I’ve been fascinated reading about ADD and Executive Function Disorder and seeing some of my own lifelong struggles mirrored. I don’t like to define things through buzzwords, but it’s been illuminating to recognize patterns that have dogged me all my life. I am trying to find what I can do to shift the balance of power with what I have always thought of as my Demons, or my Opponent. I used to think I was uniquely weird, and finding that others are like me has been a revelation.
Some of this probably began with my mother’s well-intentioned program of breaking my will when I was little. (Child-rearing theory from the early 1940’s is ghastly.) I was adopted as a newborn by a woman who was nearly fifty and had no previous experience with children, but who was certain it was something she should do. Having married later than the norm and not having conceived during her remaining years of possibility, she considered adoption.
They were rejected by a respected agency, probably because of age, and turned to private adoption. They did extensive research and found a good candidate, a young intelligent white Episcopalian college student who found herself unintentionally pregnant. Discreet anonymous overtures were made, money changed hands, and a relocation from the Midwest to Brooklyn was facilitated, avoiding scandal. My mother bore me, named me, and said goodbye. Then I was on my own.
My adoptive mother had to adapt to the primitive needs of an infant without either instinct or guidance, and as I became an actual person, I think I scared the shit out of her. I had a fierce intelligence and a spontaneous creative nature, and she didn’t know what to do with me. At first she trained me like a pet, and I could recite all the state capitals by the time I was two. Like any two-year-old, I also began to assert my right to say no. She followed the prevailing child-rearing theories, set out to tame me, and I quickly learned that it wasn’t safe to do anything but learn instant obedience.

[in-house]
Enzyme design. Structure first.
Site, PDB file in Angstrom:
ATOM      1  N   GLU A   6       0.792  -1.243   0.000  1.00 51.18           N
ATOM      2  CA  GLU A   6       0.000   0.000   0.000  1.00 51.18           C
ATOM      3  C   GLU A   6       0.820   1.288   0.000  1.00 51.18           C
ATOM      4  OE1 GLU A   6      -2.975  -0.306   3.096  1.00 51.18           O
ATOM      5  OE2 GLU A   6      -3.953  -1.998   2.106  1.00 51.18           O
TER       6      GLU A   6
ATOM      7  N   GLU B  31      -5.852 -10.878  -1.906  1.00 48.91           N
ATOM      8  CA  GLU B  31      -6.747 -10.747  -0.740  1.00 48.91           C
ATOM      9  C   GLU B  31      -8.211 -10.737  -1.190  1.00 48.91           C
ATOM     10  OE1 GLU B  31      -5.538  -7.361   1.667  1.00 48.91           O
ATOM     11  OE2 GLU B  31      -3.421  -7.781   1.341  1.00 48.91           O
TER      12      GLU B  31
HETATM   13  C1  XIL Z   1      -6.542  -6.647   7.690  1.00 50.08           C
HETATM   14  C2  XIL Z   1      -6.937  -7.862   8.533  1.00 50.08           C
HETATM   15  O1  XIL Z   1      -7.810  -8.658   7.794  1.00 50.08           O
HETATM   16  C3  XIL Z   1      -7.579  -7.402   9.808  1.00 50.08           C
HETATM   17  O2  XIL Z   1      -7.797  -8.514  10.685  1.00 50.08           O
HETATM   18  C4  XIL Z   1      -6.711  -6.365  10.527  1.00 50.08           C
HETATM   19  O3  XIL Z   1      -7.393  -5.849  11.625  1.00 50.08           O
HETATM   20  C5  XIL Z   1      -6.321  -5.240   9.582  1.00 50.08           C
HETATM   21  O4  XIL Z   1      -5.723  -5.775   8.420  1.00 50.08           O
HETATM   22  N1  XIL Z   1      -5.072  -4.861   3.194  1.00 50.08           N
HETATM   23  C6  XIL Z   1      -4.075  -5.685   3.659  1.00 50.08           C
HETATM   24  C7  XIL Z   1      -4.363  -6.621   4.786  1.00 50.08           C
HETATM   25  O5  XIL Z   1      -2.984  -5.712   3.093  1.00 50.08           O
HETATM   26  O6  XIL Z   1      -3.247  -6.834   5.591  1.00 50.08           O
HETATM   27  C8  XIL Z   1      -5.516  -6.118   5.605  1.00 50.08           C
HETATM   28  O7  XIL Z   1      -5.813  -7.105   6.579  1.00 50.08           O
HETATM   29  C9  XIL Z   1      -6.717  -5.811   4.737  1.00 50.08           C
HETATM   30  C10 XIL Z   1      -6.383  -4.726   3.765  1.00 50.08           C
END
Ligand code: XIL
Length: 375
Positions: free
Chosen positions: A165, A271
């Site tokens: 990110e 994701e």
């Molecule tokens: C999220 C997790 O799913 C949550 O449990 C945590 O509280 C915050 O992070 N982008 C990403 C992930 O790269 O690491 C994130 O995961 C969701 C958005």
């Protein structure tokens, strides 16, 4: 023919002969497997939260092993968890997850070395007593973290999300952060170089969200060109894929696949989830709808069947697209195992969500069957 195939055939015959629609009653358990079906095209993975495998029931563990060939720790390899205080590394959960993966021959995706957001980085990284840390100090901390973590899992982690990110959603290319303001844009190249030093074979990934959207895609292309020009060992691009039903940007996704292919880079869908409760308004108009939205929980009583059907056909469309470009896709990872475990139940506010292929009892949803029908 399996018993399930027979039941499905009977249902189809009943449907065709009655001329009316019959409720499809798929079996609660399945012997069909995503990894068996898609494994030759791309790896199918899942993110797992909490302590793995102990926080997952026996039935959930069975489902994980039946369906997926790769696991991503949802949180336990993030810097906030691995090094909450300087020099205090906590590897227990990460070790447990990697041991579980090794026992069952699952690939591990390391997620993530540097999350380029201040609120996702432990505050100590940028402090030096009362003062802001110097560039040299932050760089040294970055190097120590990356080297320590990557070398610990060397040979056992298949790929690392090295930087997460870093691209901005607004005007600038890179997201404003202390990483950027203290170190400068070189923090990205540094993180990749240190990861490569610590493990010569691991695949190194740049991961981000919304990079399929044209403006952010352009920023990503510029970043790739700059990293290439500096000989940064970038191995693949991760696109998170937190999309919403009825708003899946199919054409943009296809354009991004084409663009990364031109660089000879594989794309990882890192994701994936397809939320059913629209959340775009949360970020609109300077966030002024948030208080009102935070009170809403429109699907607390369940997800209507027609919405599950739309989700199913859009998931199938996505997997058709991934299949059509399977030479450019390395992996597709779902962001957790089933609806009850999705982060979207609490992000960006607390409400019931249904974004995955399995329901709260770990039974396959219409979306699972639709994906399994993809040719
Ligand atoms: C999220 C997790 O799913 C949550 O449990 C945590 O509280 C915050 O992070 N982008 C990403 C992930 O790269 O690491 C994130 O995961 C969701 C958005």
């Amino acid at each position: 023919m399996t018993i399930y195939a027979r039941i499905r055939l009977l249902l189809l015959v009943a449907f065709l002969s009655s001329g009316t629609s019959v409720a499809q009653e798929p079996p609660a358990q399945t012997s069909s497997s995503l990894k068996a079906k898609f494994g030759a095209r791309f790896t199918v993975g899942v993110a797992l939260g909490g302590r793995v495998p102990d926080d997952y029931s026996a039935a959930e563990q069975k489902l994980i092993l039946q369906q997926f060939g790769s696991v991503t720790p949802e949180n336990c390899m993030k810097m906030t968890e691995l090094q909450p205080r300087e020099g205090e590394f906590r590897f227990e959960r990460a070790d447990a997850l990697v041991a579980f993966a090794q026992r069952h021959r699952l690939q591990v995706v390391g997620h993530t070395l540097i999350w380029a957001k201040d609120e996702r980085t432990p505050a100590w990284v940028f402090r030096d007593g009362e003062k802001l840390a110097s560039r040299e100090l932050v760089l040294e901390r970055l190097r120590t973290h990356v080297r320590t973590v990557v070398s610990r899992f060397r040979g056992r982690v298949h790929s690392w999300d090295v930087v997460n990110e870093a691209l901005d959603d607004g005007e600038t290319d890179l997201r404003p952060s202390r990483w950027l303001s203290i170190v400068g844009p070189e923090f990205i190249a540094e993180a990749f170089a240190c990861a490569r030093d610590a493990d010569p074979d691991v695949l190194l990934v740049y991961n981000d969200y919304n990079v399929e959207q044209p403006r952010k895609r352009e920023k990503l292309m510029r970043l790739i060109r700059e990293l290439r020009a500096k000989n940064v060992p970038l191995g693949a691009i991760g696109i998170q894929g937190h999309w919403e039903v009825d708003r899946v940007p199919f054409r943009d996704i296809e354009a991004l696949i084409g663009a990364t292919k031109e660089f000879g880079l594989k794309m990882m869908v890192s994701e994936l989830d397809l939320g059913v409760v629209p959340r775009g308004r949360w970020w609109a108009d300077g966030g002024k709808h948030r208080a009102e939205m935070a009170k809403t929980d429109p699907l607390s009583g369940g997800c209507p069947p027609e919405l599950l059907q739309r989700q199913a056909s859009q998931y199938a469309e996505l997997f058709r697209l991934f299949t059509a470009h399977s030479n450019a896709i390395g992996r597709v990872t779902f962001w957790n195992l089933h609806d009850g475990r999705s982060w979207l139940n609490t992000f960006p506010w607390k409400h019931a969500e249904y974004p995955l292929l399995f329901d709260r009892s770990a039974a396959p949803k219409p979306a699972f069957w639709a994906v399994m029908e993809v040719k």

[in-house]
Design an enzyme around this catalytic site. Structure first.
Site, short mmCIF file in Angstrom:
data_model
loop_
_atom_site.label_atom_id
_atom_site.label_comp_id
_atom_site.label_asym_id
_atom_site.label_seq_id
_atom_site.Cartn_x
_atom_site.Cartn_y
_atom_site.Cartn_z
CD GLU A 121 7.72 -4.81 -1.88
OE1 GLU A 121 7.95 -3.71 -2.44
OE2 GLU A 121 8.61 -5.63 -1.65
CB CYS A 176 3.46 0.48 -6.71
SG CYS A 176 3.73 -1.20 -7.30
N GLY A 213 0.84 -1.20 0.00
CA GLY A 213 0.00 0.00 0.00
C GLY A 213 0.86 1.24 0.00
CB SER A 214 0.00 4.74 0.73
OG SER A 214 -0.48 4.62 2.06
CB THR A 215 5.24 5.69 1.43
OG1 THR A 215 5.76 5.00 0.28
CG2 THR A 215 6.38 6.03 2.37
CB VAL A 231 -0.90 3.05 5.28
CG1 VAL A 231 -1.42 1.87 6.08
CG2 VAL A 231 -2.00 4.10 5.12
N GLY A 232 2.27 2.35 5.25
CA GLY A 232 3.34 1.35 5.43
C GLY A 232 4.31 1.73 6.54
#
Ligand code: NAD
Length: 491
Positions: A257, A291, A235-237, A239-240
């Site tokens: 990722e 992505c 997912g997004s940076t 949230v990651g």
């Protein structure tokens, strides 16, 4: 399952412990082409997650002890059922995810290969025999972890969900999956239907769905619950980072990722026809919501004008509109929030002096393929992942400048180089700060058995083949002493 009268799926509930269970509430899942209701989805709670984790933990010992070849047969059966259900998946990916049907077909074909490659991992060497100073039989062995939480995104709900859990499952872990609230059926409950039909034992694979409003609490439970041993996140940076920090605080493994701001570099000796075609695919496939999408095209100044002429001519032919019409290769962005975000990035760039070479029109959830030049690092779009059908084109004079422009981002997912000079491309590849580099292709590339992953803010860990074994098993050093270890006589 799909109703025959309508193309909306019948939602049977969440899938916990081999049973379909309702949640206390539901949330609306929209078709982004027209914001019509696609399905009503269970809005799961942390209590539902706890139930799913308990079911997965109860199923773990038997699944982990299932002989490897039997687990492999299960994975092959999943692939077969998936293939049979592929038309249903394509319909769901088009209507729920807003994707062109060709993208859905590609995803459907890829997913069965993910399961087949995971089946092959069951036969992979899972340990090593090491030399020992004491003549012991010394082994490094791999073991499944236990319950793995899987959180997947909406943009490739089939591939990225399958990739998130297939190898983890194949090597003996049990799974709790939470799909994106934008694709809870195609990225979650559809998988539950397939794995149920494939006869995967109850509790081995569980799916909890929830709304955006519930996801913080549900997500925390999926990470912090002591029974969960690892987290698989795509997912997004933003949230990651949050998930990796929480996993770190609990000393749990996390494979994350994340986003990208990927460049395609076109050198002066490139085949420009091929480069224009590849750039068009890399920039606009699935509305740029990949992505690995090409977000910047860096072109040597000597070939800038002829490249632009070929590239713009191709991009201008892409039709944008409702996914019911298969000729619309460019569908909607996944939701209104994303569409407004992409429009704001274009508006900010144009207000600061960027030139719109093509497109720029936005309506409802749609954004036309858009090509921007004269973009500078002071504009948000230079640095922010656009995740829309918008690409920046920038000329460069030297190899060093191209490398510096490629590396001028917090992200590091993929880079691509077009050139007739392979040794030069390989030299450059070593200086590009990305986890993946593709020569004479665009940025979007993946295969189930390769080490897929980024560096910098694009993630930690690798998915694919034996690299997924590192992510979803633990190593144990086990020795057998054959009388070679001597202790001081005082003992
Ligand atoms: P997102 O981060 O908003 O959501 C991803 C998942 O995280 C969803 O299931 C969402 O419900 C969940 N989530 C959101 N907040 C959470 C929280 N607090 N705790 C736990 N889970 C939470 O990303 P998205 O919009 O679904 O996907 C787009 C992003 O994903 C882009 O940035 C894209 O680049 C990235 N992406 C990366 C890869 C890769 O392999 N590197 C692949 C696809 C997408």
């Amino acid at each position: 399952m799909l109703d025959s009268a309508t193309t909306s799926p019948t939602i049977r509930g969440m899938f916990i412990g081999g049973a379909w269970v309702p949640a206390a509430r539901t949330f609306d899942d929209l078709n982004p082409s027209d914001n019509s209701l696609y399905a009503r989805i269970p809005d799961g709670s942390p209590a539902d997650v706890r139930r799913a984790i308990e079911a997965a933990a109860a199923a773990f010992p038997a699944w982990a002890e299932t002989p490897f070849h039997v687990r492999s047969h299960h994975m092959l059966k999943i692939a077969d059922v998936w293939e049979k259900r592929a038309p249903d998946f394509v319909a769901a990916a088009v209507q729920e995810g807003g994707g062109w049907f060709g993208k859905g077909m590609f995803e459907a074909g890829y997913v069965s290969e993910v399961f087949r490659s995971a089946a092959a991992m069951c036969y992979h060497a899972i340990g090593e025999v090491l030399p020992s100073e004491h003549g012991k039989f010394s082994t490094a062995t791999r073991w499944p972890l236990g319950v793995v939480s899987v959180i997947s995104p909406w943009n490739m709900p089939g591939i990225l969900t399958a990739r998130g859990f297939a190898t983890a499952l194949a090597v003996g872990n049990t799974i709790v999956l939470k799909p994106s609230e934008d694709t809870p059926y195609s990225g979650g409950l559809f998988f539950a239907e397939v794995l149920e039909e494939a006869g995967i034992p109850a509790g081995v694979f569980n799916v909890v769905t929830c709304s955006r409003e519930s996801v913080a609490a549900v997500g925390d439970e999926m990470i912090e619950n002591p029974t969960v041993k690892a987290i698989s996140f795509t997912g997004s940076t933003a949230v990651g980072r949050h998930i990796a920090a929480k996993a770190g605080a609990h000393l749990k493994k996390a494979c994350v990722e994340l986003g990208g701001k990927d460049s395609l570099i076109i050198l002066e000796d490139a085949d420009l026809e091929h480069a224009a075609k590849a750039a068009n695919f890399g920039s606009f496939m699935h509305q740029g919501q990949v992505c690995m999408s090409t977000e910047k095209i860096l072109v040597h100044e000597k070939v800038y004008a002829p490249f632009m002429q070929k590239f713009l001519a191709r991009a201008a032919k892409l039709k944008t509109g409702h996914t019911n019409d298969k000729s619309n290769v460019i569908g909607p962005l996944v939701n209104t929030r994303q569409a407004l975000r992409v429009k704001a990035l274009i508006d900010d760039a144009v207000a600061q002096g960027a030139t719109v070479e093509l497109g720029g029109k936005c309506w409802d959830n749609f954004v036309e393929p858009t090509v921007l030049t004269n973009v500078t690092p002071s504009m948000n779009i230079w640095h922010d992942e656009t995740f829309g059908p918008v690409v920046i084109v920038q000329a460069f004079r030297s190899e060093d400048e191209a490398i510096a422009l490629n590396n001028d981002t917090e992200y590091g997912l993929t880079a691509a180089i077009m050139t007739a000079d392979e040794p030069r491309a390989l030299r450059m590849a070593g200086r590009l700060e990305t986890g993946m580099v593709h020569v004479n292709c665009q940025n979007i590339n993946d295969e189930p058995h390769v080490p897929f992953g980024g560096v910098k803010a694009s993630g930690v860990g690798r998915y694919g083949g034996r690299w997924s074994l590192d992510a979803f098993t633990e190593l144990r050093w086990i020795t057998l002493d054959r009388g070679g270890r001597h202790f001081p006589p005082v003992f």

Everything was a test, fear was my tutor, and excellence was the minimum standard. I learned to achieve, but it wasn’t my choice, and I never was allowed pride in it. The words that echo are “What’s the matter with you?” and “You don’t know how to follow through with anything.”
Now I’m eighty-three and still make a list of intentions, don’t follow through, feel lousy, and stew about it. But writing my memoir has confronted me with the fact that I’ve spent decades surviving, making a life and doing impossible things. I need to learn to feel good about what I do, moment by moment.
I’m trying to do at least a couple of things each day that I can finish, look at, smile, and say “Good dog.” Best of all is if I do something that my Opponent has labeled impossible, that’s been shoved into my mind’s black hole and avoided. The silly key is that these are not arcane challenges, they’re simple things that didn’t get done on time and became pockets of black mold.
That little girl learned to live with fear and depend on it for adrenaline. I need to give her the grace of change.
Never too late.
Elizabeth: Thank you for this! Though not adopted, I suspect I may not be alone in reading your words as if they were mine. Everything a test. It’s taken me all my life (75) to love myself just as I am, not for my achievements. ‘Never enough!’, that voice always says….Thank you thank you.